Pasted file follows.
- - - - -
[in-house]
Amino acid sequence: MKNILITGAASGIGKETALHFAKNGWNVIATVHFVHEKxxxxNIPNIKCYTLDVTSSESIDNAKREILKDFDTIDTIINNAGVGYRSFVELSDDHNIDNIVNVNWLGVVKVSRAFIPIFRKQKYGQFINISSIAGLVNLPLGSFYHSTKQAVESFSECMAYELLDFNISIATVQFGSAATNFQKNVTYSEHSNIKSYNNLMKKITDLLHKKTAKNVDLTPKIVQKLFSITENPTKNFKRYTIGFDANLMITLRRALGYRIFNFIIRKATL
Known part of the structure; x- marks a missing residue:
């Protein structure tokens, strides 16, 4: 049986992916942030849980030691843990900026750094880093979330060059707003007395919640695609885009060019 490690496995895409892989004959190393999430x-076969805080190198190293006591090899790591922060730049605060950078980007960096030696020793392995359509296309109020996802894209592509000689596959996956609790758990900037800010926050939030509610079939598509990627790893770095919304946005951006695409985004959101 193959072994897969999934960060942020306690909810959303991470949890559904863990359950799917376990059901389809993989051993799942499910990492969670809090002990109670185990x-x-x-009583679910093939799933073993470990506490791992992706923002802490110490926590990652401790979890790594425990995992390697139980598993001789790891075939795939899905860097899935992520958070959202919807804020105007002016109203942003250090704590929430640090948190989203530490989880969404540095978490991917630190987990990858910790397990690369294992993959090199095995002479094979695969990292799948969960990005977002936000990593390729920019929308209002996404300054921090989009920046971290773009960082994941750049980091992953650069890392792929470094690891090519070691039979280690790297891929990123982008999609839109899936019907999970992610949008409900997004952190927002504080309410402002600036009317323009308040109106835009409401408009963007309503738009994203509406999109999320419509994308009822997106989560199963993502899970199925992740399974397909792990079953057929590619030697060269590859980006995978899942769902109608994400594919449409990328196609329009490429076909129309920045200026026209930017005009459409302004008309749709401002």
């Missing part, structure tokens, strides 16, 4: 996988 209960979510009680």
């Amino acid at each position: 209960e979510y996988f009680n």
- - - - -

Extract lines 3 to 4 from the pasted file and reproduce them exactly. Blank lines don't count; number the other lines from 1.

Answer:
Known part of the structure; x- marks a missing residue:
């Protein structure tokens, strides 16, 4: 049986992916942030849980030691843990900026750094880093979330060059707003007395919640695609885009060019 490690496995895409892989004959190393999430x-076969805080190198190293006591090899790591922060730049605060950078980007960096030696020793392995359509296309109020996802894209592509000689596959996956609790758990900037800010926050939030509610079939598509990627790893770095919304946005951006695409985004959101 193959072994897969999934960060942020306690909810959303991470949890559904863990359950799917376990059901389809993989051993799942499910990492969670809090002990109670185990x-x-x-009583679910093939799933073993470990506490791992992706923002802490110490926590990652401790979890790594425990995992390697139980598993001789790891075939795939899905860097899935992520958070959202919807804020105007002016109203942003250090704590929430640090948190989203530490989880969404540095978490991917630190987990990858910790397990690369294992993959090199095995002479094979695969990292799948969960990005977002936000990593390729920019929308209002996404300054921090989009920046971290773009960082994941750049980091992953650069890392792929470094690891090519070691039979280690790297891929990123982008999609839109899936019907999970992610949008409900997004952190927002504080309410402002600036009317323009308040109106835009409401408009963007309503738009994203509406999109999320419509994308009822997106989560199963993502899970199925992740399974397909792990079953057929590619030697060269590859980006995978899942769902109608994400594919449409990328196609329009490429076909129309920045200026026209930017005009459409302004008309749709401002």